Case Against Baltimore Surveillance Program Heads to 4th Circuit

Judge Richard D. Bennet filed a memorandum opinion on April 24 in regards to an ongoing surveillance case between Leaders of a Beautiful Struggle (LBS) and the Baltimore Police Department (BPD). This case is being held in the District of Maryland.

On April 9, LBS filed a complaint against the BPD, alleging that its Aerial Investigative Research (AIR) program presented a novel privacy threat and violated the Baltimore community’s First and Fourth Amendment rights. The surveillance program was designed to help “solve violent crimes, specifically: homicides and attempted murder, shootings resulting in injury, armed robbery, and carjacking.” As part of the operation, three planes flying for 12 hours a day would capture 32 miles of the city per image every second. The complaint claimed, “though the program’s objectives to reduce crime and violence are laudable, the Constitution dictates that this all-seeing and ever-present ‘eye in the sky’ is not an available solution.” As a result of the BPD’s alleged violations, LBS sought a preliminary injunction prohibiting the AIR program.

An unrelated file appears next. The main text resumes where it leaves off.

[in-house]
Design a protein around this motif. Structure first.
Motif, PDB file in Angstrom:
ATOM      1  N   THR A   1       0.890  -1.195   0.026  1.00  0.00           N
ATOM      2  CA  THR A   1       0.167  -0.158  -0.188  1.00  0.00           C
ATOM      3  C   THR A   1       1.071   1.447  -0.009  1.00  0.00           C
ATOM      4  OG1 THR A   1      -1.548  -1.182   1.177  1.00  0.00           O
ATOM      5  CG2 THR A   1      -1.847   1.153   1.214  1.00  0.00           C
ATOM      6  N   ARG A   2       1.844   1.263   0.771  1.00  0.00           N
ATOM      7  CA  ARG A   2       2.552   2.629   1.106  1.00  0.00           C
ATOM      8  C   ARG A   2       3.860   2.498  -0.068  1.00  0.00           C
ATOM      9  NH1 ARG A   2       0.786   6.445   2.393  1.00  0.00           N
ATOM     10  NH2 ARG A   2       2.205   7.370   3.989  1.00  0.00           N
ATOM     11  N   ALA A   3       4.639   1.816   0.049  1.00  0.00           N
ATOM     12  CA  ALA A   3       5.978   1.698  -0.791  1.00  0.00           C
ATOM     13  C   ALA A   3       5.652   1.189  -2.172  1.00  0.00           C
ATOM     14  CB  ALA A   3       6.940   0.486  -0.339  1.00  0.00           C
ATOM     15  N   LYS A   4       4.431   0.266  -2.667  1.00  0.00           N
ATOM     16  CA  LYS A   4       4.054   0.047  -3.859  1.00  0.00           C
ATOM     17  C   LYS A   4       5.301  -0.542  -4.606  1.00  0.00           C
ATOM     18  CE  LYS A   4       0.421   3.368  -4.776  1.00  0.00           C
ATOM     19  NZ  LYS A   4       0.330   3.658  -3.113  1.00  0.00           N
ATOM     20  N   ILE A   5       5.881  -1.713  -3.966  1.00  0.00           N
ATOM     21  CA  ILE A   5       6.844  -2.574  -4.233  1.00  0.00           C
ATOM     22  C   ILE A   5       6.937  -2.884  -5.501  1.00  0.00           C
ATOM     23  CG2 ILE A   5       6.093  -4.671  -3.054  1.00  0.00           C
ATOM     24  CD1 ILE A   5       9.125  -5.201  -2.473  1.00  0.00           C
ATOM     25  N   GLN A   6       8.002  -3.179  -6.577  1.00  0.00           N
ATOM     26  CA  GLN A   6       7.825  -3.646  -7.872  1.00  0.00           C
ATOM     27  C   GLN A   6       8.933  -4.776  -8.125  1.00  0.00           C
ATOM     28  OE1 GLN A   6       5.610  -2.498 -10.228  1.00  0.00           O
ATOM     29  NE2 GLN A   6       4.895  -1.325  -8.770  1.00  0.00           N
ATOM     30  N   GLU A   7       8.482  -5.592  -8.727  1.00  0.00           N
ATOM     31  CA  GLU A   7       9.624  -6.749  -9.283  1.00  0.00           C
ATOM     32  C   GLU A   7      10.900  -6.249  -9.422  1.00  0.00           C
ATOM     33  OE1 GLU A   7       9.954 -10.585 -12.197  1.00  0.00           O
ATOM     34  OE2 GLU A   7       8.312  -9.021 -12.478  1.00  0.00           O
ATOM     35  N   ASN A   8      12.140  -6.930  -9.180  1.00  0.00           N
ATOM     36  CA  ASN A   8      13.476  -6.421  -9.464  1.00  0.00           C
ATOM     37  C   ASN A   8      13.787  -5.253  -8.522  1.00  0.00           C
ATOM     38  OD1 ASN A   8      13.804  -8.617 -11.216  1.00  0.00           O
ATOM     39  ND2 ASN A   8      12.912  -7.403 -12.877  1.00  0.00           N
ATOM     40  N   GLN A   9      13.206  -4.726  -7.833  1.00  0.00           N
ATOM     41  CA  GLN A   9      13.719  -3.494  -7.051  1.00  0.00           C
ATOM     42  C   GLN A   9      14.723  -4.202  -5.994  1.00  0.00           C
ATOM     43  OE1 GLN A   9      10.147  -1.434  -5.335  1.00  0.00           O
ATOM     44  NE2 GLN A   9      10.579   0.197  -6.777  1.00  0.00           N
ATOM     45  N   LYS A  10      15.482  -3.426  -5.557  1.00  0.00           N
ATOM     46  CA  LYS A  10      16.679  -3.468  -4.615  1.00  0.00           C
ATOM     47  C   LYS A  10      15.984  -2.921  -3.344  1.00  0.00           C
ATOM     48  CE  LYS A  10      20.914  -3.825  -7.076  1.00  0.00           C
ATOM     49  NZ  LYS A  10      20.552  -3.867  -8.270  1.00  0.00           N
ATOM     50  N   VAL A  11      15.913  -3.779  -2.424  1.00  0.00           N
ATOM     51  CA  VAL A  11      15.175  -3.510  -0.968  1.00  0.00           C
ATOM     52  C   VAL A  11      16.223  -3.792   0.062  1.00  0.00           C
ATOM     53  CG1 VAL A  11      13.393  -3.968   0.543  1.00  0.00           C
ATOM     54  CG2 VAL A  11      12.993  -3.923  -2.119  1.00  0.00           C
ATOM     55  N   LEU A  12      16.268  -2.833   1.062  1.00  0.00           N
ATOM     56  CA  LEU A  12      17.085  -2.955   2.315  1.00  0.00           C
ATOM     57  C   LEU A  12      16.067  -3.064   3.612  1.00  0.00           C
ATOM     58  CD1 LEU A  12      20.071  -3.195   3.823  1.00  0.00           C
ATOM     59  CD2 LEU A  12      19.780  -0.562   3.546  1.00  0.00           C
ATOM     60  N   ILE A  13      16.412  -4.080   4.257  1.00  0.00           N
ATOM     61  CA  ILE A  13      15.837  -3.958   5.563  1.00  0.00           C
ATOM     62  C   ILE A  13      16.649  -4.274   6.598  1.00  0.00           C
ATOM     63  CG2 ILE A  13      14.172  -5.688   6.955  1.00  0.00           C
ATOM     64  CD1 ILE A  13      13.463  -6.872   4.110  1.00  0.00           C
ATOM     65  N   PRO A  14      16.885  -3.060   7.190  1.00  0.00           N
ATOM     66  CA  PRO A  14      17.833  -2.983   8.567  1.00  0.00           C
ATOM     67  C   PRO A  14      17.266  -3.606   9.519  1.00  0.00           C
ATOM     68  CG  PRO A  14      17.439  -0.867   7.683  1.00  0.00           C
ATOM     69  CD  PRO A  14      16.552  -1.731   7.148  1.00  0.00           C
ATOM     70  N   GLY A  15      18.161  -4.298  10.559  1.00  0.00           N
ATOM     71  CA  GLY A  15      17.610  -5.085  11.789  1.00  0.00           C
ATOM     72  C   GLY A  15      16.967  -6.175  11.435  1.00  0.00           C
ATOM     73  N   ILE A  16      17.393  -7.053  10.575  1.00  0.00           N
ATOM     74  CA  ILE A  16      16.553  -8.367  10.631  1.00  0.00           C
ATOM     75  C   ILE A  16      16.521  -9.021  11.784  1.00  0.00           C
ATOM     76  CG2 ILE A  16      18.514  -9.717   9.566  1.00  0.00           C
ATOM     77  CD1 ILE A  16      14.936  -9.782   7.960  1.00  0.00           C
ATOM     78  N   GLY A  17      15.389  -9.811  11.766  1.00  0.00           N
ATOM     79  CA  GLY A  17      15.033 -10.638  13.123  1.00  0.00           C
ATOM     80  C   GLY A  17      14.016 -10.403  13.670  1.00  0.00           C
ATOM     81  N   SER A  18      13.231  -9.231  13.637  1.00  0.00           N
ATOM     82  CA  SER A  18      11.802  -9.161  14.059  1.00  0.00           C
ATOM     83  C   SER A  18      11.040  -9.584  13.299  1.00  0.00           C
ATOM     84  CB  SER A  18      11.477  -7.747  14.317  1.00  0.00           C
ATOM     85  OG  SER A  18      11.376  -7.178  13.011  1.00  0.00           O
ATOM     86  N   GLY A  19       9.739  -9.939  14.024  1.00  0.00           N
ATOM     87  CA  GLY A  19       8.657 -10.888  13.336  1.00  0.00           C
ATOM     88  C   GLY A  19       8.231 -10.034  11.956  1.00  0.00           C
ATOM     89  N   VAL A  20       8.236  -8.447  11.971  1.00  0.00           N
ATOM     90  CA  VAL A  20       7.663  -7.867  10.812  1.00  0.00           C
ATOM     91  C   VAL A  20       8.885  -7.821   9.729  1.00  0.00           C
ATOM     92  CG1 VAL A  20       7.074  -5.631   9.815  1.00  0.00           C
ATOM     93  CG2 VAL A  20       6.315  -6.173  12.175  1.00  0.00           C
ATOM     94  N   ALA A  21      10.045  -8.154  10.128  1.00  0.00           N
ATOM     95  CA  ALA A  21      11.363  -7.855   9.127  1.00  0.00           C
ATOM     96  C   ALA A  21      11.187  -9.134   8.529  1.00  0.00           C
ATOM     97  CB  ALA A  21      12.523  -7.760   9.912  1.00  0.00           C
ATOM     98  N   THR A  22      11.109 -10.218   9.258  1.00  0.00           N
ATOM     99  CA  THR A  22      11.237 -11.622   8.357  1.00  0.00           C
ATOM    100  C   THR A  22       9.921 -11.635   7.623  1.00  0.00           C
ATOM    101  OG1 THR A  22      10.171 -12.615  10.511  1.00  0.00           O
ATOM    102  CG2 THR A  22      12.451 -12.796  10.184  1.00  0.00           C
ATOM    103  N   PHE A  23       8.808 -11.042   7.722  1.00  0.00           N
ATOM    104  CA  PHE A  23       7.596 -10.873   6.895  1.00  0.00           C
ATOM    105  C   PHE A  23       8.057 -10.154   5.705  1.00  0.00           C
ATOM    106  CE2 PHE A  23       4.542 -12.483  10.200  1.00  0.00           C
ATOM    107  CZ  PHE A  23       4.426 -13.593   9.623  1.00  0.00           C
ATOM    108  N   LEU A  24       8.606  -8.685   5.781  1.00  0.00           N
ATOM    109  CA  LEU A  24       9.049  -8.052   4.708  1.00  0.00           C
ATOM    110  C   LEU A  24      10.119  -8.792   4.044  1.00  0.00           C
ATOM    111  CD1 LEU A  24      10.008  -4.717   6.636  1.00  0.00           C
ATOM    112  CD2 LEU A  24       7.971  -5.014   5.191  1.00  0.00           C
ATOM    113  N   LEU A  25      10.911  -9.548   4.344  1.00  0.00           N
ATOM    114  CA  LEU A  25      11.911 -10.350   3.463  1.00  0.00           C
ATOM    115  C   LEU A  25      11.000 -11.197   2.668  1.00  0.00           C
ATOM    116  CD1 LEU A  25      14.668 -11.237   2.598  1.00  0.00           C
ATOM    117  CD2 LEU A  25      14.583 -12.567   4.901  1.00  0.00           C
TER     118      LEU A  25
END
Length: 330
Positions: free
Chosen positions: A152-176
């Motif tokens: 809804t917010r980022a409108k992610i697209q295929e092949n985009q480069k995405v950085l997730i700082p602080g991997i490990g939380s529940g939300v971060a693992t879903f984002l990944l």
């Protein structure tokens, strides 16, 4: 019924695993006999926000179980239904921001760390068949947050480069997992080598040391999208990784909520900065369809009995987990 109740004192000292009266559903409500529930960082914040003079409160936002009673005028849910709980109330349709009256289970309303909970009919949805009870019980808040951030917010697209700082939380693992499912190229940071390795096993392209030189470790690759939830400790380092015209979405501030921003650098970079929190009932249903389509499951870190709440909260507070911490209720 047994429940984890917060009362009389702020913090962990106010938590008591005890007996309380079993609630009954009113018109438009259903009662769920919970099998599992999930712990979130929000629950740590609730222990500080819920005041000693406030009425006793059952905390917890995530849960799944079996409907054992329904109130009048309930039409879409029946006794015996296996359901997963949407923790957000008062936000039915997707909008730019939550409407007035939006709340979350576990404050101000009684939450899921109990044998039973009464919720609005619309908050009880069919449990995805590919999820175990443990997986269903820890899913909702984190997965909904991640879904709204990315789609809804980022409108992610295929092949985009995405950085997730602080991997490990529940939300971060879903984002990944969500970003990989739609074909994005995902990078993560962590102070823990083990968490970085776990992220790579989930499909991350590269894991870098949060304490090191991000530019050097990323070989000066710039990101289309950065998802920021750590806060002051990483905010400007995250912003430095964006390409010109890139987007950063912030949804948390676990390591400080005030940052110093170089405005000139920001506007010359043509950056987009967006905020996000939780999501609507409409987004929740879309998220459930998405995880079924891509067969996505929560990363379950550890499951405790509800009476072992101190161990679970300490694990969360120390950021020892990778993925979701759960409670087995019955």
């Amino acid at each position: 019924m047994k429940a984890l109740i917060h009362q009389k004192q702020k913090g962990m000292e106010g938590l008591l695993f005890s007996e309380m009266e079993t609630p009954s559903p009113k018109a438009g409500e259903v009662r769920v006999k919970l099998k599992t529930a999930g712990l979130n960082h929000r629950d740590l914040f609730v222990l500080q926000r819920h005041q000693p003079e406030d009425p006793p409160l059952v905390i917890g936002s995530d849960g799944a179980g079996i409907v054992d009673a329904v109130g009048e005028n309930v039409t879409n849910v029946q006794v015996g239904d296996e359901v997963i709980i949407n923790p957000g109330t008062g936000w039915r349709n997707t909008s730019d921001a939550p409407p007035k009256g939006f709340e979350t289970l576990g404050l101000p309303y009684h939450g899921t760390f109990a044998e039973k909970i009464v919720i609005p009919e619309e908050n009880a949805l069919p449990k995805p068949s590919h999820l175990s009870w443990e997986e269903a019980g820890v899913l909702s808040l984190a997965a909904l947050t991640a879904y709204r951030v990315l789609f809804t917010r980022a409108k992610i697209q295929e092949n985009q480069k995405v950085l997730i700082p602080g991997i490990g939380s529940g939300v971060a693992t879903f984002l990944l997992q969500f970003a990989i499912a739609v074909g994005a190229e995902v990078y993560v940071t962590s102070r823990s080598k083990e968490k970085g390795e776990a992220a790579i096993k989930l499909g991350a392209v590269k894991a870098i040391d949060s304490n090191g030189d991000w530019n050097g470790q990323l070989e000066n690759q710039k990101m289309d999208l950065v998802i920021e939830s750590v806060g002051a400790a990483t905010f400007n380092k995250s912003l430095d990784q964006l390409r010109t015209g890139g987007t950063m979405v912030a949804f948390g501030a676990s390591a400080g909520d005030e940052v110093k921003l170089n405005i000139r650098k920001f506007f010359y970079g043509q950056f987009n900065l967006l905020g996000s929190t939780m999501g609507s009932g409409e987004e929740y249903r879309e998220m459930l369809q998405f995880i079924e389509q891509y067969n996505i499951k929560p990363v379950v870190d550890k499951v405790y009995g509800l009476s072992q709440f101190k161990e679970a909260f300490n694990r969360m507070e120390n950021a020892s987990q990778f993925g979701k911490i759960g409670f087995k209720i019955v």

In his recently filed opinion, Judge Bennet denies the plaintiffs’ motion for a preliminary injunction and allows the AIR program to proceed. He explains that the low quality of the images produced by the planes would make individuals appear as “minuscule dots moving about a city landscape.” Bennett writes, “This limited form of aerial surveillance does not constitute a ‘search’ under the fourth amendment, nor does it burden first amendment speech activities.” On the same day as the memorandum’s filing, LBS issued a notice of appeal.

LBS is a grassroots think-tank striving to “drastically improve the conditions of Black people in the Baltimore-Metropolitan Region.” Counsel for LBS includes the American Civil Liberties Union.